Calgary / Canada
Born in 1982
Lyndsay Rice received an MFA from the University of Oregon in 2012 and a BFA from the University of Wisconsin Milwaukee in 2006. Rice was recently featured in the Art Jewelry Forum for her new body of work False Plumage. Her work will be exhibited at the Racine Art Museum this spring in an exhibition of contemporary Baroque-style Art. Currently, she is working on curatorial projects such as EMBODIED and was recently awarded an Emerging Curator Grant, from the Society of North American Goldsmiths. Her work has been exhibited across the United States, including recent shows at Arrowmont School of Art and Craft in Gatlinburg, Tennessee, Alliages in Lille, France and the Museum of Contemporary Craft in Portland, Oregon.
As a contemporary art jeweler, my work demonstrates a continued interest in ornamentation, structure, texture, and color as bionic amplification for the body. I create forms that operate as both signifiers and ornaments, investigating the parallels between plumage and badges, status, sexuality, and honor.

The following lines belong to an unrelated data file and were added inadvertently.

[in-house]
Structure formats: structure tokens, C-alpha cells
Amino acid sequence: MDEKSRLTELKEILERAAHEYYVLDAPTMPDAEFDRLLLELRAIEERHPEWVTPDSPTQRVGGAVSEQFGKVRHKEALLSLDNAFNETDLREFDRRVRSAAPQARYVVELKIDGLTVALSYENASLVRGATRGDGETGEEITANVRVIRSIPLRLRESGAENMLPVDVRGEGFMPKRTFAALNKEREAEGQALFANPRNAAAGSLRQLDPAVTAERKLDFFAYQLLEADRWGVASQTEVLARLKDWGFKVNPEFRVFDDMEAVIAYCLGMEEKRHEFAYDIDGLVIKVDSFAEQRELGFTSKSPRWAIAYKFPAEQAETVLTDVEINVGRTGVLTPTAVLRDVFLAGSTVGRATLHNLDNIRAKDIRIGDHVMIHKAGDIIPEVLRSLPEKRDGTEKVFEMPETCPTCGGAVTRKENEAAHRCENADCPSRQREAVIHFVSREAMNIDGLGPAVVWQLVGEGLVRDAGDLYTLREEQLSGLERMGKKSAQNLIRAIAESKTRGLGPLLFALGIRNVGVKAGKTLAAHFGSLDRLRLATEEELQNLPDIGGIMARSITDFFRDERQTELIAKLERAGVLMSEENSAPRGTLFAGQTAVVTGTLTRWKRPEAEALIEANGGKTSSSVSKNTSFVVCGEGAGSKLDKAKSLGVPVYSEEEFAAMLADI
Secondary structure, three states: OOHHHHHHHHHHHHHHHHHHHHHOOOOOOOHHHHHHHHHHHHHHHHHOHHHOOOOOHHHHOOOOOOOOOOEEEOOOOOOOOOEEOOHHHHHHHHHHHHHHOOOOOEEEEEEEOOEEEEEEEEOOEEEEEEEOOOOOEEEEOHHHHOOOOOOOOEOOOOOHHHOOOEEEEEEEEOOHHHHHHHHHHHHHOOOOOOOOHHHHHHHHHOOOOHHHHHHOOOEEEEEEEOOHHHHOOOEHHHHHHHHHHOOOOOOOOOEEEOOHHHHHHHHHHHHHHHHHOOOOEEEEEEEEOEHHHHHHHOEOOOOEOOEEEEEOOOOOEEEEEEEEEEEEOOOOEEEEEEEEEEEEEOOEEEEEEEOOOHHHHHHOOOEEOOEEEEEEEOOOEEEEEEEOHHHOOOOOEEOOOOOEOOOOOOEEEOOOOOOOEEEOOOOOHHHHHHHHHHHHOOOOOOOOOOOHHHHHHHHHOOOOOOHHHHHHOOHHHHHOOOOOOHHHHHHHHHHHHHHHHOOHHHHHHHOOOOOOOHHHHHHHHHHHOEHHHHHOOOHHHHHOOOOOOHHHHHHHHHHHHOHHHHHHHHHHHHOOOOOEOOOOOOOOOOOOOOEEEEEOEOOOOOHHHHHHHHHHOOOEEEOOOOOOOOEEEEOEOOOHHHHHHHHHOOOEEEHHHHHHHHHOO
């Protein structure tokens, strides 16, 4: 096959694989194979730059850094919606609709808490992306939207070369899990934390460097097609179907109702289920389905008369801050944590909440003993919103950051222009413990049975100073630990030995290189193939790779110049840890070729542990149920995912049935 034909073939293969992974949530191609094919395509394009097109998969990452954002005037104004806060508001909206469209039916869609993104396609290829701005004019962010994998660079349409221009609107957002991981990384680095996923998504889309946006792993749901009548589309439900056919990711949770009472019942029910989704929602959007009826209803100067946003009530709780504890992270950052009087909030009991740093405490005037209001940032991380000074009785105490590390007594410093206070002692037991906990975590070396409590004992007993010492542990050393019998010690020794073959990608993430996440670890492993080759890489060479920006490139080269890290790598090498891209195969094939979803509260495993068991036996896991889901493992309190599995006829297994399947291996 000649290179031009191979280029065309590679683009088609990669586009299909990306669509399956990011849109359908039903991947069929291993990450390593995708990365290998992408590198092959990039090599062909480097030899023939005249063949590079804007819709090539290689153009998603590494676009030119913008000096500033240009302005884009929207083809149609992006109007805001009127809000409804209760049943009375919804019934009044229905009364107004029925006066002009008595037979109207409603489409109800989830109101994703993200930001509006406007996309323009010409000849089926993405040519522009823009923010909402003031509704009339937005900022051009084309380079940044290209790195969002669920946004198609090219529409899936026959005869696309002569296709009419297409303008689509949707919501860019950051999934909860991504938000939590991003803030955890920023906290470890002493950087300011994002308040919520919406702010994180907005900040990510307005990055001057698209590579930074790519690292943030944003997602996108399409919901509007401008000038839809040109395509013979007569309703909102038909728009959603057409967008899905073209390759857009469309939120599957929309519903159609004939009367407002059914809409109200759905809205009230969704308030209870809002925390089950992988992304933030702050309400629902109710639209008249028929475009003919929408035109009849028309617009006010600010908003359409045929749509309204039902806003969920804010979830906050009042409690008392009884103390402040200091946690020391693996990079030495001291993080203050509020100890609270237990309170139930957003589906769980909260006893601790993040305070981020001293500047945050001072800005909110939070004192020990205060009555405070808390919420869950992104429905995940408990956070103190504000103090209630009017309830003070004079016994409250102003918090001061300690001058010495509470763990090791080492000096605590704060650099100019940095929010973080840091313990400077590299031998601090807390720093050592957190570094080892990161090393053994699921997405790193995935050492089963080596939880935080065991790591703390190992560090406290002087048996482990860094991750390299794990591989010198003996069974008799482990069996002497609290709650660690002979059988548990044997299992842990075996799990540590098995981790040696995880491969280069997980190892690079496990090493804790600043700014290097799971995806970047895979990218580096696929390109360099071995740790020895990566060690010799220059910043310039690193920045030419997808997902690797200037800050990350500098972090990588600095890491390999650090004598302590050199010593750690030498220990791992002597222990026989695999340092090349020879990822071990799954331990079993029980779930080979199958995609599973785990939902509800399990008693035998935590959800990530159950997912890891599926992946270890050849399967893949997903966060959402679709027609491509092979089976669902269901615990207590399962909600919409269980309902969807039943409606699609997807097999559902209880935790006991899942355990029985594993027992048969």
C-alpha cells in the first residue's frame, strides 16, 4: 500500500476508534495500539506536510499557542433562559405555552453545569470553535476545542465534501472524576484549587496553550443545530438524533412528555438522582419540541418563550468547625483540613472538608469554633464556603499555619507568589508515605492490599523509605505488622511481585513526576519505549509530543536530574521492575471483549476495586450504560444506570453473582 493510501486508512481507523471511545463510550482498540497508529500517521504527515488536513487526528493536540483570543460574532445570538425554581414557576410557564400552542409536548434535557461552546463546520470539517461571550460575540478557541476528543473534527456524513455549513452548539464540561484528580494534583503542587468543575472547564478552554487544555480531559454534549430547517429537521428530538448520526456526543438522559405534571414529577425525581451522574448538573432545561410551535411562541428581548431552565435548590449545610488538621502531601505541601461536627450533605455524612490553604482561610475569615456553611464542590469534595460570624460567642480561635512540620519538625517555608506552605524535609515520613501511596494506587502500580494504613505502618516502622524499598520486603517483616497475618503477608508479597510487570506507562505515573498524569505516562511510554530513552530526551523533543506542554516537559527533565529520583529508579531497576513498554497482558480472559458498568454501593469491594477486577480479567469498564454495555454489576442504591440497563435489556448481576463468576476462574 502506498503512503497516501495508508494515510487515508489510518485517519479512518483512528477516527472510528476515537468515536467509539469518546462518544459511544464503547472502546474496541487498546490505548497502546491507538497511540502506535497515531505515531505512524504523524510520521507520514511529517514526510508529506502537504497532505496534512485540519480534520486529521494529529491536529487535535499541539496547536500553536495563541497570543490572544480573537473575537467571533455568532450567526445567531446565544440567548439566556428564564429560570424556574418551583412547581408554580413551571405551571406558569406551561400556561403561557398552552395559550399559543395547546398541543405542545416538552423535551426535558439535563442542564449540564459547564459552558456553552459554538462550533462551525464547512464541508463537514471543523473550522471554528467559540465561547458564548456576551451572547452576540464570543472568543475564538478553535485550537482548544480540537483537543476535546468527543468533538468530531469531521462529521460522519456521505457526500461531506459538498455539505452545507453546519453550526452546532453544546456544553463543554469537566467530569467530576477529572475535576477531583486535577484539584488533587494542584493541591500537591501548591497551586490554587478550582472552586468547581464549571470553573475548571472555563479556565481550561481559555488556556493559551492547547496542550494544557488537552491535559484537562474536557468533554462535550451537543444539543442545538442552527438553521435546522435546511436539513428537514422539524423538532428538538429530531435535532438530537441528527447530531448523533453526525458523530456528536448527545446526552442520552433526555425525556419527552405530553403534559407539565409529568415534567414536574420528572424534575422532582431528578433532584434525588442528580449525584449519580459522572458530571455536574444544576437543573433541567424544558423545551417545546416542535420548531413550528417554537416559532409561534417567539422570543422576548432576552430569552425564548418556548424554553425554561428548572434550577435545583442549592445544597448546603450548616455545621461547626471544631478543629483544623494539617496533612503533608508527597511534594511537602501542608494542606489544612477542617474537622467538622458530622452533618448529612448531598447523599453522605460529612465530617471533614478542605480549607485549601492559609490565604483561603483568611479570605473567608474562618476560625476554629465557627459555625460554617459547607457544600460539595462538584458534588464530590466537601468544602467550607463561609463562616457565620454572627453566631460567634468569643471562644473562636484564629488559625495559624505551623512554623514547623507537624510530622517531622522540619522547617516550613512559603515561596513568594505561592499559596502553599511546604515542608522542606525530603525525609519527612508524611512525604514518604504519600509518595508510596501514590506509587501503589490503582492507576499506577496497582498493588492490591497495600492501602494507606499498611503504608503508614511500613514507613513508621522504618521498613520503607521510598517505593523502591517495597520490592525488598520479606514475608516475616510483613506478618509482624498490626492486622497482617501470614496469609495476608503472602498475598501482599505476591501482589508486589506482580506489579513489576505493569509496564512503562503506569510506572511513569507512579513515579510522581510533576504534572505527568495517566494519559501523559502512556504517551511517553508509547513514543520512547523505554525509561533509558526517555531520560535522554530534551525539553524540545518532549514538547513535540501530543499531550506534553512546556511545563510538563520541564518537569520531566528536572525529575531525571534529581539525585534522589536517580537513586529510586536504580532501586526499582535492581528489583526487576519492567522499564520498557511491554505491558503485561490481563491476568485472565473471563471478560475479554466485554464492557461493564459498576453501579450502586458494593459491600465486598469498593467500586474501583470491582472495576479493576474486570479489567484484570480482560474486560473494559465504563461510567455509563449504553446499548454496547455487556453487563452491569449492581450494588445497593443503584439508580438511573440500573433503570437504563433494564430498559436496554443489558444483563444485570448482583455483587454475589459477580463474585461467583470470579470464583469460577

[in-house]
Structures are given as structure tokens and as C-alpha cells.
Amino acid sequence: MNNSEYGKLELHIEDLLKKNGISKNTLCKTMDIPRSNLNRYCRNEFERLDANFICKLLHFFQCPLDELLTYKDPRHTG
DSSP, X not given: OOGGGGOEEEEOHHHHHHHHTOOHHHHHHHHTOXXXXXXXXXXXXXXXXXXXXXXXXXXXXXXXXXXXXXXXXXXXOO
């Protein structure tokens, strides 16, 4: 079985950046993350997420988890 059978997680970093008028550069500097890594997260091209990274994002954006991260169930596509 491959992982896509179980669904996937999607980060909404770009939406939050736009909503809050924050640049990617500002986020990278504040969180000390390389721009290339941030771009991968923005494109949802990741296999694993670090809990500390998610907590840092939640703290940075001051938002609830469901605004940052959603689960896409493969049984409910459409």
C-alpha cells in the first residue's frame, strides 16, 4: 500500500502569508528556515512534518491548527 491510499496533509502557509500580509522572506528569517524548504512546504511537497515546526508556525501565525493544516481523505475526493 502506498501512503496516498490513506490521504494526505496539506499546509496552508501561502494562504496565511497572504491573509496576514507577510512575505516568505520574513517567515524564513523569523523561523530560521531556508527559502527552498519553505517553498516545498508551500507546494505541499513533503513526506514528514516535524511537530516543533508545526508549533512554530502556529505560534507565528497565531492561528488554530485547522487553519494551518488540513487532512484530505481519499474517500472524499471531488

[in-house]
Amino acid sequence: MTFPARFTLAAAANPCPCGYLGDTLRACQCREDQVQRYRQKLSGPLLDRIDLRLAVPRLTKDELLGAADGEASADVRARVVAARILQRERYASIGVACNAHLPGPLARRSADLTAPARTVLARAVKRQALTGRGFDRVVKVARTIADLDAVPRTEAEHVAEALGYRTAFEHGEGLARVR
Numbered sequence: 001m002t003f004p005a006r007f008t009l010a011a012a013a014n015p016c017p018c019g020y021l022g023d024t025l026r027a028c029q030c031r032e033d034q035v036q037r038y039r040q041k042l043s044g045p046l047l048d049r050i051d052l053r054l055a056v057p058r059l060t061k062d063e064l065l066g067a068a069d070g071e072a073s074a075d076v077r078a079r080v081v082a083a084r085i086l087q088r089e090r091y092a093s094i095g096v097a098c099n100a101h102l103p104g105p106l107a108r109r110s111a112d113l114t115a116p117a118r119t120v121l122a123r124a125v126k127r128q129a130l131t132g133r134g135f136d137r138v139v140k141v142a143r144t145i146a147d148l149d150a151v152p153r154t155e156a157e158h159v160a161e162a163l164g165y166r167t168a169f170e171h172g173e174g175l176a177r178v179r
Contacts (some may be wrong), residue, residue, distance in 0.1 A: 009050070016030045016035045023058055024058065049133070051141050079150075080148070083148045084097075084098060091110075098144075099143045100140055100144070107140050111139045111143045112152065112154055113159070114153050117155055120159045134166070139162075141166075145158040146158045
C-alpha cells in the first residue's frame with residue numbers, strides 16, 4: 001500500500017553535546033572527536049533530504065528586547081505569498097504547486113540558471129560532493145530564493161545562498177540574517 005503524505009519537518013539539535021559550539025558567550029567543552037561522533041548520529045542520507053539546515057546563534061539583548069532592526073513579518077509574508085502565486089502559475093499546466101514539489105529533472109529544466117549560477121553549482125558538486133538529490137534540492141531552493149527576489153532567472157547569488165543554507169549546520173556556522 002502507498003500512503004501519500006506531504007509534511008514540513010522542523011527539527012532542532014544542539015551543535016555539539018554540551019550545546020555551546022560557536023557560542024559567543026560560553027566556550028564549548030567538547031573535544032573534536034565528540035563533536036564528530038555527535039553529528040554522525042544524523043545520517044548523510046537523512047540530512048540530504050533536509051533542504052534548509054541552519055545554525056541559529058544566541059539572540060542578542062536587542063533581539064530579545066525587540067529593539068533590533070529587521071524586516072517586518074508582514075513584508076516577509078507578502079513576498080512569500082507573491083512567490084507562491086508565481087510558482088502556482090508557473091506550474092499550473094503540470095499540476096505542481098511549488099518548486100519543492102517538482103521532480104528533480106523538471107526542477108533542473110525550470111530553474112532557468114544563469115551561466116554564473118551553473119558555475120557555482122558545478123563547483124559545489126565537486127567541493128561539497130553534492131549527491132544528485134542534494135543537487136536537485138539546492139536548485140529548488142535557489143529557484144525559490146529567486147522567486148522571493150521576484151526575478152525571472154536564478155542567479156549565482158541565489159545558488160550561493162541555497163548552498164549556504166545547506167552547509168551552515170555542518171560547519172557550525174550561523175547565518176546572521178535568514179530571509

Using forms of communication both in the natural world and in societal structures, I amplify, hybridize, and alter militaristic badges and bird plumage to create a new language. In the natural world, red is the color of warning or symmetry; its relationship to poison, or the iridescence of a skin’s surface, exists as an optical trick to confuse a predator. In military outfitting, colors also signify status: purple for honor, or green representing saving a life in the field. Recreating natural and military patterning through both the haptic (piercing) and digital (laser cutting) means allows me to seamlessly incorporate various types of materials, such as plastics, leather, paper, and metal in my multilayered forms. These structures interact with the body and bring the visual languages of both the digital and natural worlds to life. While my forms may vary depending on site, all retain the themes of ornament, pattern, and signification of color. Through my process and materiality, I create works that illustrate how the body can be consumed by the languages and expressions of ornamentation.